Emerging Europe: Romania’s rocky road to recovery
The country’s banking sector has staged a remarkable comeback over the past two years and is well-positioned to support growth and investment. Whether or not that will materialize, however, depends on its politicians.
Even by European standards, Romania’s banking sector had a bad crisis. The bursting of the country’s real estate bubble in 2009 caused bad debts to soar, loan books to shrink and profits to plummet. By the end of 2013, nearly a quarter of all loans were non-performing, deleveraging was accelerating as demand for new credit remained stagnant, and the country’s leading banks were struggling to break even. The intervening years, however, have seen a remarkable turnaround. Moves by the Romanian central bank to boost provisioning and streamline insolvency procedures in 2014 sparked a wave of debt write-offs, work-outs and portfolio sales. While pushing the sector to a loss of more than €1 billion for the year, this helped slash the non-performing loan ratio to below 14% and set the stage for a return to profitability in 2015.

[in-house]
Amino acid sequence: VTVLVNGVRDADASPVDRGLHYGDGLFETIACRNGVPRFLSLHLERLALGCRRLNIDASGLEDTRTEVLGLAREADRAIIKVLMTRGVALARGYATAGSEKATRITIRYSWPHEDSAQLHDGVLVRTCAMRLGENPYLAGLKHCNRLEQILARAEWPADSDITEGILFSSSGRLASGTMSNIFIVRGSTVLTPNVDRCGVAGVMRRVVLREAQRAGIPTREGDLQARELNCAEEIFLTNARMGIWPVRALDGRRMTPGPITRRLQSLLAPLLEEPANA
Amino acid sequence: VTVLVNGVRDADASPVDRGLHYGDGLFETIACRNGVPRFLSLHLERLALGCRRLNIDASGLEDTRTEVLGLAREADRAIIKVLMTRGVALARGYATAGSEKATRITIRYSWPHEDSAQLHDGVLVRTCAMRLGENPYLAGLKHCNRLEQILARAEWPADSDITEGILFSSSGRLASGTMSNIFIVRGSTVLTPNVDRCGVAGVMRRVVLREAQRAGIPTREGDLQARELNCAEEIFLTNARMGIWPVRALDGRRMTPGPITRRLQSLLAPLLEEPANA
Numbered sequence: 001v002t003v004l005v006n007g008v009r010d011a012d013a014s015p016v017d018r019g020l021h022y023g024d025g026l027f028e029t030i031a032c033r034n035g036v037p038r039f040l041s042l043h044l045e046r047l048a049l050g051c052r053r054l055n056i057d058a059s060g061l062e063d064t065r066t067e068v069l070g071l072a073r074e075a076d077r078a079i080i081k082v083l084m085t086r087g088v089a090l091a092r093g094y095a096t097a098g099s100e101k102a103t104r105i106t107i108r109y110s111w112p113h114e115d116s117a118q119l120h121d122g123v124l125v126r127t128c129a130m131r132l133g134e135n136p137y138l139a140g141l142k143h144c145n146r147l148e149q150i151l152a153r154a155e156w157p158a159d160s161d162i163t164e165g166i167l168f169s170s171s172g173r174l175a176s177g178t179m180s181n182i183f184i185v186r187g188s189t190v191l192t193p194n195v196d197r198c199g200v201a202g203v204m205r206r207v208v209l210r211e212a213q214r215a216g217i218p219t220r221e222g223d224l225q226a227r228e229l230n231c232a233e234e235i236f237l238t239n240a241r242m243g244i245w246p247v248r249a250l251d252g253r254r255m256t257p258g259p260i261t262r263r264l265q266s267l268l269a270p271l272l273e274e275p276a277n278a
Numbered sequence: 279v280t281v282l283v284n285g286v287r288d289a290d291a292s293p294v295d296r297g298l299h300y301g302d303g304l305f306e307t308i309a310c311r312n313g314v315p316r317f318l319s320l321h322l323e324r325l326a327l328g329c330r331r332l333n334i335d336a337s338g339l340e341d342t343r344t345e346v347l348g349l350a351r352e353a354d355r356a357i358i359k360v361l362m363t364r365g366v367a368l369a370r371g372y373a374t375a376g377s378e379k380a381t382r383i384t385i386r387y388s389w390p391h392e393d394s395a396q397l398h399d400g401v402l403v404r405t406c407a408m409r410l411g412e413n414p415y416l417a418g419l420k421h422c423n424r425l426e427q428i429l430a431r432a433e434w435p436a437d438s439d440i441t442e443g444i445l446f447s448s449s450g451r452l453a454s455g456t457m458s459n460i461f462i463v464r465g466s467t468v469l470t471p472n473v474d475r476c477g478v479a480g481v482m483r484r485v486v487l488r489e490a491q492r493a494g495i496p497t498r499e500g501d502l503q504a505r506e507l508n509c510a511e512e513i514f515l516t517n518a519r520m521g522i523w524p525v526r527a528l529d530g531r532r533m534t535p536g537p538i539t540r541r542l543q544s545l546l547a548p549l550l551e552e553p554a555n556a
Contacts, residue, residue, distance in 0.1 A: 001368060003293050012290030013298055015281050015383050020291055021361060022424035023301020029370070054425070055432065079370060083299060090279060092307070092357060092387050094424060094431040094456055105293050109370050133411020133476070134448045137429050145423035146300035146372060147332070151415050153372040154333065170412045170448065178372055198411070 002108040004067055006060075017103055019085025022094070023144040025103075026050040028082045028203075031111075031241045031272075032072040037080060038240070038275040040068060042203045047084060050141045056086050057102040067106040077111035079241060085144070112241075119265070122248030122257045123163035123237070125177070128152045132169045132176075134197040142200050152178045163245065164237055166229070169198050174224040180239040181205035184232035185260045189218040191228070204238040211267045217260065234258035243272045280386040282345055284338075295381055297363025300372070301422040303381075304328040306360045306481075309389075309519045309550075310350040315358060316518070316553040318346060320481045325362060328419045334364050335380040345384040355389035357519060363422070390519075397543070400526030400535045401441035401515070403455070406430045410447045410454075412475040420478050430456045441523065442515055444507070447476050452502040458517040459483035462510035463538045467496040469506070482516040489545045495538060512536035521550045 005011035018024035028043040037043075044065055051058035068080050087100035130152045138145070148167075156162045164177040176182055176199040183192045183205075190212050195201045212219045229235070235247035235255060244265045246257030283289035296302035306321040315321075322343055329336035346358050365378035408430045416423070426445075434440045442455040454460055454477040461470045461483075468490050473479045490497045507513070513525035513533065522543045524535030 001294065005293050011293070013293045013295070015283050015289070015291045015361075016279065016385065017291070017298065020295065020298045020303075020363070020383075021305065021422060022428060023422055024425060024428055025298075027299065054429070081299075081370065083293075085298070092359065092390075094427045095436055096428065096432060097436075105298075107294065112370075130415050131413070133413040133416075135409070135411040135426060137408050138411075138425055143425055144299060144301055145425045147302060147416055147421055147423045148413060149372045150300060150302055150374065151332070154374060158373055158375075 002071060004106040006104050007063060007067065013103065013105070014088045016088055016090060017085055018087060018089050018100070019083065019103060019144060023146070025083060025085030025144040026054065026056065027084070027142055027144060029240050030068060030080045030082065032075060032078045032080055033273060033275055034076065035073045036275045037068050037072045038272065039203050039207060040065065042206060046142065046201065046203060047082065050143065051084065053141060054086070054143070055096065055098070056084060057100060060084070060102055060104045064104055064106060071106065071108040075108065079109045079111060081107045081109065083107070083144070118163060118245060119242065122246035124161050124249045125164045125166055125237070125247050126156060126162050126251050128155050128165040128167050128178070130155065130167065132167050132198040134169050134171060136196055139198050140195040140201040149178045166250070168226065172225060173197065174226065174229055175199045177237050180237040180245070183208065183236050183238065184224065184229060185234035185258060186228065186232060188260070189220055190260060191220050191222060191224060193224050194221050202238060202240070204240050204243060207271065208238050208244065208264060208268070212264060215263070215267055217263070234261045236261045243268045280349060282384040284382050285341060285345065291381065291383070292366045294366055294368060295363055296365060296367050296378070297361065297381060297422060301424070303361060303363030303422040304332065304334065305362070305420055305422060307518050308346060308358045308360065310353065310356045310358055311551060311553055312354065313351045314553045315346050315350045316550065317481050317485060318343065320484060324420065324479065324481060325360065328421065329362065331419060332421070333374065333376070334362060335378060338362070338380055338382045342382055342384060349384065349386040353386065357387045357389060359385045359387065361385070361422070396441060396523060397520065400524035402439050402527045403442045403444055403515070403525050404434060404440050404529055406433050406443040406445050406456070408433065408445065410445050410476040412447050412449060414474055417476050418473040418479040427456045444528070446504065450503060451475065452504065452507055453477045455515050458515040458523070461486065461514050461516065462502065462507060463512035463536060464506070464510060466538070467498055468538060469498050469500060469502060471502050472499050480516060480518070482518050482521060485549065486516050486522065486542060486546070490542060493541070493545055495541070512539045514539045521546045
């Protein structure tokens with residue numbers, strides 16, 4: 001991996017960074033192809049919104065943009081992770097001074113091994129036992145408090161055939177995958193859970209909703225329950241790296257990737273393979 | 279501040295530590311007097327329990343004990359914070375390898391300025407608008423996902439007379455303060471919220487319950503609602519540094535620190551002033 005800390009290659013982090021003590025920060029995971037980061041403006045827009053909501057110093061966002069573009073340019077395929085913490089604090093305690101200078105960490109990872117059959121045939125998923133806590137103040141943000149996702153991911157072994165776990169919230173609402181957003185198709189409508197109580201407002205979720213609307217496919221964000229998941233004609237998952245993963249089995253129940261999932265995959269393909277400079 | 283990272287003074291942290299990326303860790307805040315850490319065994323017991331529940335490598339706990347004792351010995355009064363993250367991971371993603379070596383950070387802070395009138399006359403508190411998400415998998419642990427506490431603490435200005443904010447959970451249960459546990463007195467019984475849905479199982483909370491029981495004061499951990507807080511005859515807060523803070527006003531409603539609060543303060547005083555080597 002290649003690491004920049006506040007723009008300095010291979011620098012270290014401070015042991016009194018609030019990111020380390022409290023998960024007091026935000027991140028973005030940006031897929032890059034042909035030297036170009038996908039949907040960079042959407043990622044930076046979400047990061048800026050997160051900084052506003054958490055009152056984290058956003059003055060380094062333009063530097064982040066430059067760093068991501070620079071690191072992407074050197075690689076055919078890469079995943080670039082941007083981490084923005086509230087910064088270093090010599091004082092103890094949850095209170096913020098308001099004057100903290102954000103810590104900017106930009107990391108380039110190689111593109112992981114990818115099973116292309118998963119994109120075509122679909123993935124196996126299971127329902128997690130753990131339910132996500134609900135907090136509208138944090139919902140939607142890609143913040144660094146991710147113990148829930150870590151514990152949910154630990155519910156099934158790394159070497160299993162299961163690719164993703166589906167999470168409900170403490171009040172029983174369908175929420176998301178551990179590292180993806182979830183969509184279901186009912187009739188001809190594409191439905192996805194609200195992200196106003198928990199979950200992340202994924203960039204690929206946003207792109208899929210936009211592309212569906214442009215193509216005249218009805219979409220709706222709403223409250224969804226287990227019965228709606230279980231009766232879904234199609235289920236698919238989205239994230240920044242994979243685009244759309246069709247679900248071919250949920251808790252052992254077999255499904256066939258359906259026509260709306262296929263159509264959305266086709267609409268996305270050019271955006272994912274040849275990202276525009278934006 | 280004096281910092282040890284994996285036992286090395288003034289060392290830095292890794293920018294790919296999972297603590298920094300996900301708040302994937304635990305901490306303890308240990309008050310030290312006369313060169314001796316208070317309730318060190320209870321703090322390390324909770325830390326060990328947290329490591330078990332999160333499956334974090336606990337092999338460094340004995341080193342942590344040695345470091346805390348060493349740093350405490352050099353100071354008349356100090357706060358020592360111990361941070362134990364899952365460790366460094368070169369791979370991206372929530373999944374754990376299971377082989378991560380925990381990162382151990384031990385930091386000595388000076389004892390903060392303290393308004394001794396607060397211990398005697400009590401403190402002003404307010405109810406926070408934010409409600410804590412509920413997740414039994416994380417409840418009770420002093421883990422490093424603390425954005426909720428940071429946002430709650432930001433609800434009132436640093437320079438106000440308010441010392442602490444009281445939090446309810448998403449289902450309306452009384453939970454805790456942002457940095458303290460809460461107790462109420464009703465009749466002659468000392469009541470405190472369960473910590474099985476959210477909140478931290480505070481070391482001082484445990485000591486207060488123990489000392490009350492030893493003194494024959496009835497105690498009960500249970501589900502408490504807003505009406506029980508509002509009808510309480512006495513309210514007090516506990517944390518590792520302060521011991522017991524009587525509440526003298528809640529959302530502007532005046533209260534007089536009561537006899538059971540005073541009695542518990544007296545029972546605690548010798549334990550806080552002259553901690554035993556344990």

External factors have also helped. After a sharp recession in 2009/10 and several years of stagnation, Romania’s economy has bounced back and is growing at around 3.5% a year. Initially export-driven, this recovery has been bolstered by reviving domestic consumption. Encouraged by tax cuts and ultra-low local interest rates, Romanians have started spending again and even borrowing.